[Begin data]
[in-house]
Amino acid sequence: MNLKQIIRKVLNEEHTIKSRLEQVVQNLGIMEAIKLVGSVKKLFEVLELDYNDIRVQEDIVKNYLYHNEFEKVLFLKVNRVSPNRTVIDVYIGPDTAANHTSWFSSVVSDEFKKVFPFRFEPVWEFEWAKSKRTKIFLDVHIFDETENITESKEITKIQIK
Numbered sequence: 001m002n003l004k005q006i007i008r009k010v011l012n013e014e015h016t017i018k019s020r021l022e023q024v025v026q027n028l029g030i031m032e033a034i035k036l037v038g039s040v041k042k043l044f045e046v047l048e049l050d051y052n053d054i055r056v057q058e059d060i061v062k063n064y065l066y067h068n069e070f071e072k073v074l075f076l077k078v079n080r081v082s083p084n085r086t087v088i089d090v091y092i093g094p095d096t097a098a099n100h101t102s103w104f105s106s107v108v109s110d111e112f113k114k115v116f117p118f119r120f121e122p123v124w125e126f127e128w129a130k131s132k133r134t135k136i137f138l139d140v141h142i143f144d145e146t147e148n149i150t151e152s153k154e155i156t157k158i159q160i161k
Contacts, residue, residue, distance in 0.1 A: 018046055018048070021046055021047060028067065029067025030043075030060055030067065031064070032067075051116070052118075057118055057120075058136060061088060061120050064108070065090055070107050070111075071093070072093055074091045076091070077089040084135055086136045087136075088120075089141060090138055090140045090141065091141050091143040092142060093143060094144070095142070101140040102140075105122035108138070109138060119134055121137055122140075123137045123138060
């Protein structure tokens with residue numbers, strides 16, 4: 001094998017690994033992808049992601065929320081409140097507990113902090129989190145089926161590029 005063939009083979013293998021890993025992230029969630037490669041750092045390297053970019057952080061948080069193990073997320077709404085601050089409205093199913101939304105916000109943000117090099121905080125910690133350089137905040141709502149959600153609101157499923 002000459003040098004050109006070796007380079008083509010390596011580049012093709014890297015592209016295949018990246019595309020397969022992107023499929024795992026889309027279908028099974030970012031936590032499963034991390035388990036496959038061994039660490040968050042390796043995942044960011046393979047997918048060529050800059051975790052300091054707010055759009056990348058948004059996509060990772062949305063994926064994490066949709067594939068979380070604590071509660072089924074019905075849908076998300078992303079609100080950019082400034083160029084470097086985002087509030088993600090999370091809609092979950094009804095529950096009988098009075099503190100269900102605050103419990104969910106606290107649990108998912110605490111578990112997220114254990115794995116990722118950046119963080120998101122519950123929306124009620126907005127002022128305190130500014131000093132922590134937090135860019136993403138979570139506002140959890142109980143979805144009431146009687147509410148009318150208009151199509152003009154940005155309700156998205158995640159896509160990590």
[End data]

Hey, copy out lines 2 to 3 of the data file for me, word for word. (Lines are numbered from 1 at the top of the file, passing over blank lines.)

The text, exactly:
Amino acid sequence: MNLKQIIRKVLNEEHTIKSRLEQVVQNLGIMEAIKLVGSVKKLFEVLELDYNDIRVQEDIVKNYLYHNEFEKVLFLKVNRVSPNRTVIDVYIGPDTAANHTSWFSSVVSDEFKKVFPFRFEPVWEFEWAKSKRTKIFLDVHIFDETENITESKEITKIQIK
Numbered sequence: 001m002n003l004k005q006i007i008r009k010v011l012n013e014e015h016t017i018k019s020r021l022e023q024v025v026q027n028l029g030i031m032e033a034i035k036l037v038g039s040v041k042k043l044f045e046v047l048e049l050d051y052n053d054i055r056v057q058e059d060i061v062k063n064y065l066y067h068n069e070f071e072k073v074l075f076l077k078v079n080r081v082s083p084n085r086t087v088i089d090v091y092i093g094p095d096t097a098a099n100h101t102s103w104f105s106s107v108v109s110d111e112f113k114k115v116f117p118f119r120f121e122p123v124w125e126f127e128w129a130k131s132k133r134t135k136i137f138l139d140v141h142i143f144d145e146t147e148n149i150t151e152s153k154e155i156t157k158i159q160i161k